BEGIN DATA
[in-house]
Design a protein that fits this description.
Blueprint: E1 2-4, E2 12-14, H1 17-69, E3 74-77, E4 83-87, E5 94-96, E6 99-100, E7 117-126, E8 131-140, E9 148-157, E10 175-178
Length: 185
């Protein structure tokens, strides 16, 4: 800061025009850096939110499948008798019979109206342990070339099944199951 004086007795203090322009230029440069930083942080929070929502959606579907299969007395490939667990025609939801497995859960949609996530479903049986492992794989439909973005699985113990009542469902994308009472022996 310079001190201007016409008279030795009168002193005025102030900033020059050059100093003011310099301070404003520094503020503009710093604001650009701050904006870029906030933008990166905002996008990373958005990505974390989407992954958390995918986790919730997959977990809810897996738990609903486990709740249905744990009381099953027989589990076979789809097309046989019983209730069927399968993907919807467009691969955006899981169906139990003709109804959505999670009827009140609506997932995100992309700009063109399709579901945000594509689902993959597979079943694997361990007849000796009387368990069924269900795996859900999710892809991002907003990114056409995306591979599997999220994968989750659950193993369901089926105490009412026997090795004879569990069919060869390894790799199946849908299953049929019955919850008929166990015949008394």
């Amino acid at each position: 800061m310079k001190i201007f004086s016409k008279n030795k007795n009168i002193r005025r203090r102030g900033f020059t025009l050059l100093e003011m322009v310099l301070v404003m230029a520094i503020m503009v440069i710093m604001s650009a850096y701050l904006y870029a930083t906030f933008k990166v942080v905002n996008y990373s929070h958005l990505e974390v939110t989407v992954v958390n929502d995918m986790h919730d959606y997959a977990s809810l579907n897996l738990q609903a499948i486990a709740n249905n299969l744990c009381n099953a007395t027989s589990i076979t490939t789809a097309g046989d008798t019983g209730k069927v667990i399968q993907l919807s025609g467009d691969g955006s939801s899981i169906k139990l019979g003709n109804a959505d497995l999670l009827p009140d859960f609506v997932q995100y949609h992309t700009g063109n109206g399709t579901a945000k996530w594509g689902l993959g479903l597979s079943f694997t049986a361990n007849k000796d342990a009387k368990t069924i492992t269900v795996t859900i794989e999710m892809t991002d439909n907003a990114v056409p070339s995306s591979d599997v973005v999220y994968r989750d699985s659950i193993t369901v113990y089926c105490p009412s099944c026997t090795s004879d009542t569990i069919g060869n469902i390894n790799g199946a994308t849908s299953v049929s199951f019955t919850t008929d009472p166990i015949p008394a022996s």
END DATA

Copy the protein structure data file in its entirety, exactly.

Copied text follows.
[in-house]
Design a protein that fits this description.
Blueprint: E1 2-4, E2 12-14, H1 17-69, E3 74-77, E4 83-87, E5 94-96, E6 99-100, E7 117-126, E8 131-140, E9 148-157, E10 175-178
Length: 185
């Protein structure tokens, strides 16, 4: 800061025009850096939110499948008798019979109206342990070339099944199951 004086007795203090322009230029440069930083942080929070929502959606579907299969007395490939667990025609939801497995859960949609996530479903049986492992794989439909973005699985113990009542469902994308009472022996 310079001190201007016409008279030795009168002193005025102030900033020059050059100093003011310099301070404003520094503020503009710093604001650009701050904006870029906030933008990166905002996008990373958005990505974390989407992954958390995918986790919730997959977990809810897996738990609903486990709740249905744990009381099953027989589990076979789809097309046989019983209730069927399968993907919807467009691969955006899981169906139990003709109804959505999670009827009140609506997932995100992309700009063109399709579901945000594509689902993959597979079943694997361990007849000796009387368990069924269900795996859900999710892809991002907003990114056409995306591979599997999220994968989750659950193993369901089926105490009412026997090795004879569990069919060869390894790799199946849908299953049929019955919850008929166990015949008394």
């Amino acid at each position: 800061m310079k001190i201007f004086s016409k008279n030795k007795n009168i002193r005025r203090r102030g900033f020059t025009l050059l100093e003011m322009v310099l301070v404003m230029a520094i503020m503009v440069i710093m604001s650009a850096y701050l904006y870029a930083t906030f933008k990166v942080v905002n996008y990373s929070h958005l990505e974390v939110t989407v992954v958390n929502d995918m986790h919730d959606y997959a977990s809810l579907n897996l738990q609903a499948i486990a709740n249905n299969l744990c009381n099953a007395t027989s589990i076979t490939t789809a097309g046989d008798t019983g209730k069927v667990i399968q993907l919807s025609g467009d691969g955006s939801s899981i169906k139990l019979g003709n109804a959505d497995l999670l009827p009140d859960f609506v997932q995100y949609h992309t700009g063109n109206g399709t579901a945000k996530w594509g689902l993959g479903l597979s079943f694997t049986a361990n007849k000796d342990a009387k368990t069924i492992t269900v795996t859900i794989e999710m892809t991002d439909n907003a990114v056409p070339s995306s591979d599997v973005v999220y994968r989750d699985s659950i193993t369901v113990y089926c105490p009412s099944c026997t090795s004879d009542t569990i069919g060869n469902i390894n790799g199946a994308t849908s299953v049929s199951f019955t919850t008929d009472p166990i015949p008394a022996s």